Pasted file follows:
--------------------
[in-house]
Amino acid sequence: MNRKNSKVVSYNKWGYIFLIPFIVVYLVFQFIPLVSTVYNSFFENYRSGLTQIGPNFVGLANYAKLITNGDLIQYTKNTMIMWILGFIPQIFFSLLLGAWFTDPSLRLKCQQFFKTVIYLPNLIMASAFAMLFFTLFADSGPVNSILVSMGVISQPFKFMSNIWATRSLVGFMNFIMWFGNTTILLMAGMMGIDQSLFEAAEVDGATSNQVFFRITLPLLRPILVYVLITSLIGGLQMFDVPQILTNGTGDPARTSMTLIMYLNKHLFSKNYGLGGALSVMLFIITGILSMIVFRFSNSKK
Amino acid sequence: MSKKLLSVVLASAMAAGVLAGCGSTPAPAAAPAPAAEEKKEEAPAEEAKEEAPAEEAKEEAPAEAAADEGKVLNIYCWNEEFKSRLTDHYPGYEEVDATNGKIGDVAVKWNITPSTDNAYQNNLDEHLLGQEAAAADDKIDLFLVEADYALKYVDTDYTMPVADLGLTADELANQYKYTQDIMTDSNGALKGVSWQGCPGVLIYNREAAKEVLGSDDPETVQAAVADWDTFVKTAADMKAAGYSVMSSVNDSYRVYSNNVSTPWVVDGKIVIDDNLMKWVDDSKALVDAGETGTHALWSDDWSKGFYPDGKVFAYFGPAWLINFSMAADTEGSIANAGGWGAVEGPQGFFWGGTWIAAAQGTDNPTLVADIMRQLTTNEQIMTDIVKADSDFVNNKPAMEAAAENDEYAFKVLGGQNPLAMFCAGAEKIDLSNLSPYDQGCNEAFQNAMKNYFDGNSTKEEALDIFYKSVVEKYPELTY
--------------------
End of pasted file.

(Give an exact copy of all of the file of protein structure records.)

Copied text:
[in-house]
Amino acid sequence: MNRKNSKVVSYNKWGYIFLIPFIVVYLVFQFIPLVSTVYNSFFENYRSGLTQIGPNFVGLANYAKLITNGDLIQYTKNTMIMWILGFIPQIFFSLLLGAWFTDPSLRLKCQQFFKTVIYLPNLIMASAFAMLFFTLFADSGPVNSILVSMGVISQPFKFMSNIWATRSLVGFMNFIMWFGNTTILLMAGMMGIDQSLFEAAEVDGATSNQVFFRITLPLLRPILVYVLITSLIGGLQMFDVPQILTNGTGDPARTSMTLIMYLNKHLFSKNYGLGGALSVMLFIITGILSMIVFRFSNSKK
Amino acid sequence: MSKKLLSVVLASAMAAGVLAGCGSTPAPAAAPAPAAEEKKEEAPAEEAKEEAPAEEAKEEAPAEAAADEGKVLNIYCWNEEFKSRLTDHYPGYEEVDATNGKIGDVAVKWNITPSTDNAYQNNLDEHLLGQEAAAADDKIDLFLVEADYALKYVDTDYTMPVADLGLTADELANQYKYTQDIMTDSNGALKGVSWQGCPGVLIYNREAAKEVLGSDDPETVQAAVADWDTFVKTAADMKAAGYSVMSSVNDSYRVYSNNVSTPWVVDGKIVIDDNLMKWVDDSKALVDAGETGTHALWSDDWSKGFYPDGKVFAYFGPAWLINFSMAADTEGSIANAGGWGAVEGPQGFFWGGTWIAAAQGTDNPTLVADIMRQLTTNEQIMTDIVKADSDFVNNKPAMEAAAENDEYAFKVLGGQNPLAMFCAGAEKIDLSNLSPYDQGCNEAFQNAMKNYFDGNSTKEEALDIFYKSVVEKYPELTY